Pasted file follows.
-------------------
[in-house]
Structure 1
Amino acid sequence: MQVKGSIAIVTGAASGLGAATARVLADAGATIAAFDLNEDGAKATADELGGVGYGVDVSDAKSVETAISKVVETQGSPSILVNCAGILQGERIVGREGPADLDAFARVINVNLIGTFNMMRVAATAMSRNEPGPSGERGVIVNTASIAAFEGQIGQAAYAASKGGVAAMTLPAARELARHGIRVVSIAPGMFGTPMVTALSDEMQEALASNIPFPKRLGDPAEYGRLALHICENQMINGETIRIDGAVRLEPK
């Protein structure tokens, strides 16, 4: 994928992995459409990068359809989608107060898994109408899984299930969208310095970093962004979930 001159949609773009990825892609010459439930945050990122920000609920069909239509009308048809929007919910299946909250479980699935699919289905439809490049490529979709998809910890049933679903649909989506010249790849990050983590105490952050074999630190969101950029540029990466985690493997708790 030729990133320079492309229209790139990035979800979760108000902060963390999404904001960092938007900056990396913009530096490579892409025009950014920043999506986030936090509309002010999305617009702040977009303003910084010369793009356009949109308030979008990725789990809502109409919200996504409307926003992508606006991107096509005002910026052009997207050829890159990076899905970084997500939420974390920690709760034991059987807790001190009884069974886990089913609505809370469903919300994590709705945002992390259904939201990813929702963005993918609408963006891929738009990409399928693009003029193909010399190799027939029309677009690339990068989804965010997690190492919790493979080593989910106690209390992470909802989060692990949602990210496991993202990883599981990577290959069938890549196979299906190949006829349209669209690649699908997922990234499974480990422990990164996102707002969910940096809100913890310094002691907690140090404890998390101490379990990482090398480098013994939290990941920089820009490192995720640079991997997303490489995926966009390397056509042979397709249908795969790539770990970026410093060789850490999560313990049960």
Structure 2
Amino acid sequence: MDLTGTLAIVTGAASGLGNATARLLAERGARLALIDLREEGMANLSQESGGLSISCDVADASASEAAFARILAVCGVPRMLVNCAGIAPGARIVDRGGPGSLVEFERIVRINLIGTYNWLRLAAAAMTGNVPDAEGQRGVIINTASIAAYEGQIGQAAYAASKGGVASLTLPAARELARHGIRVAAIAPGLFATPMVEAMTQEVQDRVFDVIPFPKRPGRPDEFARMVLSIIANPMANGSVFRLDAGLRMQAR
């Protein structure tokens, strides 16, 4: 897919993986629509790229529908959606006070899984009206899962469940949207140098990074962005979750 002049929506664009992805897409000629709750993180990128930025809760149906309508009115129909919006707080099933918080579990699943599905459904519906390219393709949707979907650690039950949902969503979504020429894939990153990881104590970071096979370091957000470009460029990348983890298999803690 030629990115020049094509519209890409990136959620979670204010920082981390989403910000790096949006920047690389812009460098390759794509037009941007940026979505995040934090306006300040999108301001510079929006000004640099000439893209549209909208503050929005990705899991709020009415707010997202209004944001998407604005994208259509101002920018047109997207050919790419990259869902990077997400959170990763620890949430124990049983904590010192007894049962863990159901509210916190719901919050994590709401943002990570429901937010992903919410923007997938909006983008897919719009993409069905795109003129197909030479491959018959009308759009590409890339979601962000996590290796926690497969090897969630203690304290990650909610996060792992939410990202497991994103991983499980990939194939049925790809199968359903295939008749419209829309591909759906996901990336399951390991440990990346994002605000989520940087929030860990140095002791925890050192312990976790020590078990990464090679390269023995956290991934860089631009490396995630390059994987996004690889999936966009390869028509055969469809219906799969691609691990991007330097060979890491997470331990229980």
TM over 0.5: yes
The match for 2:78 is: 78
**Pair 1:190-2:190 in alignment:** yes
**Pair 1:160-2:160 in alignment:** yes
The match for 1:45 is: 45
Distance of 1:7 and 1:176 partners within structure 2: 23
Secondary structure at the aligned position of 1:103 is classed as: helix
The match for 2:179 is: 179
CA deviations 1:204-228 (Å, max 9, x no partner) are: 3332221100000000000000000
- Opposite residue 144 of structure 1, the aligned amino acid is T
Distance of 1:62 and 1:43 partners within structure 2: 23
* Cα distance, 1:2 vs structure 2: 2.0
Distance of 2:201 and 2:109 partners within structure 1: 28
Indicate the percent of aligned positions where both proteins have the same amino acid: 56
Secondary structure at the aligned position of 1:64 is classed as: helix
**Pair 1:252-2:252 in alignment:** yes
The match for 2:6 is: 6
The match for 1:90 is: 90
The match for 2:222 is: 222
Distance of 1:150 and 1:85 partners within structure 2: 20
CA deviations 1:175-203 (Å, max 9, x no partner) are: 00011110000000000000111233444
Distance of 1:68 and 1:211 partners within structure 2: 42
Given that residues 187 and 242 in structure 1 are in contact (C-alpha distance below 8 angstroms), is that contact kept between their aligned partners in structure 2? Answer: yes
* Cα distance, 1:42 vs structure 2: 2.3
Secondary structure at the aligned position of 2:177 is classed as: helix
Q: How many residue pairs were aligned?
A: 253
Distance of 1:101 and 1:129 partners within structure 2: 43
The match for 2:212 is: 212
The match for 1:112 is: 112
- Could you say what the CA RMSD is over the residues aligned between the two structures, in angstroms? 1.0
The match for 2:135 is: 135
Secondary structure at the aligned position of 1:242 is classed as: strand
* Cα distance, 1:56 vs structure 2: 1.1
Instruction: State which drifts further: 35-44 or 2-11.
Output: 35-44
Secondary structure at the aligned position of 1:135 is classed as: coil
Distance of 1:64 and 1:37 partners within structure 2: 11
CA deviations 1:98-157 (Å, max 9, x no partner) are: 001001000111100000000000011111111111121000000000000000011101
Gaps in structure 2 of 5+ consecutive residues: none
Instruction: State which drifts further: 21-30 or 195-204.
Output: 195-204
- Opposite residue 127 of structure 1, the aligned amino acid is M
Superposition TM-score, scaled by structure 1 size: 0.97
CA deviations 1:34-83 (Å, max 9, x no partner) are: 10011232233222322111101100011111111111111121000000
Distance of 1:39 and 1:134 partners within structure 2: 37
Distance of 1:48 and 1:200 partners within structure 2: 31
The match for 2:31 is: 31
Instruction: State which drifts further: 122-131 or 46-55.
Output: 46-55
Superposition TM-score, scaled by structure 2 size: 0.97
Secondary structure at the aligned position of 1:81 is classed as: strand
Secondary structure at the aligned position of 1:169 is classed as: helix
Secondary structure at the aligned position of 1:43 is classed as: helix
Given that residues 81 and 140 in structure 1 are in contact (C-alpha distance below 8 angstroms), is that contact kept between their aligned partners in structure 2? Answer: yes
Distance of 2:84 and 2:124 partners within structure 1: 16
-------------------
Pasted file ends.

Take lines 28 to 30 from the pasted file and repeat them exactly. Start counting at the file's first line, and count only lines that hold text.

CA deviations 1:175-203 (Å, max 9, x no partner) are: 00011110000000000000111233444
Distance of 1:68 and 1:211 partners within structure 2: 42
Given that residues 187 and 242 in structure 1 are in contact (C-alpha distance below 8 angstroms), is that contact kept between their aligned partners in structure 2? Answer: yes